The 5 Advantages and Disadvantages of Job Hopping
Job hopping is the act of changing jobs frequently within a relatively short time period. In the past, employers may have viewed job hopping negatively as it could be seen as a lack of commitment or stability. However, in today’s job market, frequent job transitions are becoming more common as employees seek new experiences, opportunities for growth, and better work-life balance. In fact, 61 percent of workers are considering leaving their jobs this year. Let’s look at the positives and negatives of frequently changing jobs.
Advantages of job hopping
Recession fears won’t stop workers from taking advantage of the benefits of changing jobs, especially Gen Zers and Millennials, with 72 percent and 66 percent contemplating a career change in 2023, respectively.
- Higher salary: Gone are the days of staying at one company for your entire career. Managers and professionals have the longest median tenures of 5 years, while workers in service occupations have the shortest at 3.2 years. Loyalty doesn’t always pay, and job-hopping is widely considered the most beneficial way to increase your salary. In fact, the average salary rises 14.8 percent when changing jobs while improving your financial stability and providing you with more resources to achieve your financial goals.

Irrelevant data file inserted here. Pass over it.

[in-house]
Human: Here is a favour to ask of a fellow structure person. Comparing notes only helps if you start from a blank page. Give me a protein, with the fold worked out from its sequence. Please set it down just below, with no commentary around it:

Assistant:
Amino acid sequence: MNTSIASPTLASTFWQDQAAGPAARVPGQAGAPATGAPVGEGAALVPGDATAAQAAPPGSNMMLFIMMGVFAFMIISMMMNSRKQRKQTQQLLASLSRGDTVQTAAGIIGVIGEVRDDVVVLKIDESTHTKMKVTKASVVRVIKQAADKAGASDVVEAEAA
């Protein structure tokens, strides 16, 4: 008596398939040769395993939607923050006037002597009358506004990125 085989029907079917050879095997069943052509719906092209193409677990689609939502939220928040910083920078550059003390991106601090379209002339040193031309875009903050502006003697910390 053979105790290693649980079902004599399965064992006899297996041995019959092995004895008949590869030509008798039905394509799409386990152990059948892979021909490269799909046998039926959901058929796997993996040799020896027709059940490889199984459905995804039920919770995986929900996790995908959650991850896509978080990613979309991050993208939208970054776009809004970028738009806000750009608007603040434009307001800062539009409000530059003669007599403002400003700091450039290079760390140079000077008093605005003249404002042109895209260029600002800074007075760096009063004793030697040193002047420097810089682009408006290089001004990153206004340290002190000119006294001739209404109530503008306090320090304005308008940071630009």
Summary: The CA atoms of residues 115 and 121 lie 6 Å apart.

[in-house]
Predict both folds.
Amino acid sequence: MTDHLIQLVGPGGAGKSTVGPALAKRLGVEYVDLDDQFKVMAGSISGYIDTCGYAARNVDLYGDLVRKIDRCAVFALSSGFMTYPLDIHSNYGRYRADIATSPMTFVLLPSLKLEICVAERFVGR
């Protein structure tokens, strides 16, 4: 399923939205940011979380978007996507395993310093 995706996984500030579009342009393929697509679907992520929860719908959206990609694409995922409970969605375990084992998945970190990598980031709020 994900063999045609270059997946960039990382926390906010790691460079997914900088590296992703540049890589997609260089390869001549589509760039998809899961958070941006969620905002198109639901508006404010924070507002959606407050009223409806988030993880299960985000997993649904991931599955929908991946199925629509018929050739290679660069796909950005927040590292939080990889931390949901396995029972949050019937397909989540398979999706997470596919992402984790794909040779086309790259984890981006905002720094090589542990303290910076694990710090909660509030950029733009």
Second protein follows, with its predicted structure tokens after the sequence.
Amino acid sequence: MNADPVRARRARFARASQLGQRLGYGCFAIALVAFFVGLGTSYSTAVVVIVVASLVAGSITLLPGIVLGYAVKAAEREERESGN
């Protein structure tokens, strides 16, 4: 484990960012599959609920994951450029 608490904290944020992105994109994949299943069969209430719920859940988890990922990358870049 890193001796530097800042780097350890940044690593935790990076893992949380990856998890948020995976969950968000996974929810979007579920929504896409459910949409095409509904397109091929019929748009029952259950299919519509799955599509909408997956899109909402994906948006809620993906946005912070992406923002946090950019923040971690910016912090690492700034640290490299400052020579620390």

- Flexible work options: 85 percent ofleaders have productivity paranoia and lack confidence that their employees are productive working from home, making them hesitant to offer flexible work options. However, 87 percent of workers want the ability to work both in an office setting and virtually, and they may job-hop to achieve it.
- Diverse work environment experience: 47 percent of workers actively searching for a new job state that company culture is the reason why they want to leave. Each workplace has a unique culture, management style, and team dynamics. By changing jobs, you can work with different teams and managers, allowing you to learn and adapt to varying work environments. You will be exposed to various industries and sectors, new technologies, processes, and methods, allowing you to learn new approaches to increase your overall expertise and make you more attractive to potential employers.